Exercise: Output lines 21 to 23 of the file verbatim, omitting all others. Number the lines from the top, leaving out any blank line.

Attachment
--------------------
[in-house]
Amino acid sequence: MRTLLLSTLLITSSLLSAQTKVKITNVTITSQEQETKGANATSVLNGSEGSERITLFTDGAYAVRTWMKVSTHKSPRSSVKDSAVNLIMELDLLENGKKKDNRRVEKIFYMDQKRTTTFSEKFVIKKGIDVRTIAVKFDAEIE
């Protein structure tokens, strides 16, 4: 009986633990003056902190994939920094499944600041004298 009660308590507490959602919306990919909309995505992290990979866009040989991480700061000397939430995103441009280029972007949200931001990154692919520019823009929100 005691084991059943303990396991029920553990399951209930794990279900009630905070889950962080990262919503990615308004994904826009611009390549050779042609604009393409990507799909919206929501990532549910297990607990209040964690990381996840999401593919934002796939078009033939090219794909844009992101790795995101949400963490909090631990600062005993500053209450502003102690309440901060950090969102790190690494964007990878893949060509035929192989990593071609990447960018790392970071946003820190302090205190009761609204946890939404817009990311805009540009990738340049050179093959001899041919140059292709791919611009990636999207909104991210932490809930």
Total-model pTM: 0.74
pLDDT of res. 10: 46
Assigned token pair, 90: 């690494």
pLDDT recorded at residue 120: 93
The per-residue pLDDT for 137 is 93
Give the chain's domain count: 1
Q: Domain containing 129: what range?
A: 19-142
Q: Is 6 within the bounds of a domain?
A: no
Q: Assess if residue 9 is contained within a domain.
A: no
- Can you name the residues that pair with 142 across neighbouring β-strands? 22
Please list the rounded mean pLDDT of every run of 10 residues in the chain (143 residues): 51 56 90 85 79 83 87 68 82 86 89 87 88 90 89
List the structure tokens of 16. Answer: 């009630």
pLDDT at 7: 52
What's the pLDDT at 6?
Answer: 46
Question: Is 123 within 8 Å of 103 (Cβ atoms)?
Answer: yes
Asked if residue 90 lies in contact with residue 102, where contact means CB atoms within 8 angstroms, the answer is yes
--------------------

Answer: 46
Question: Is 123 within 8 Å of 103 (Cβ atoms)?
Answer: yes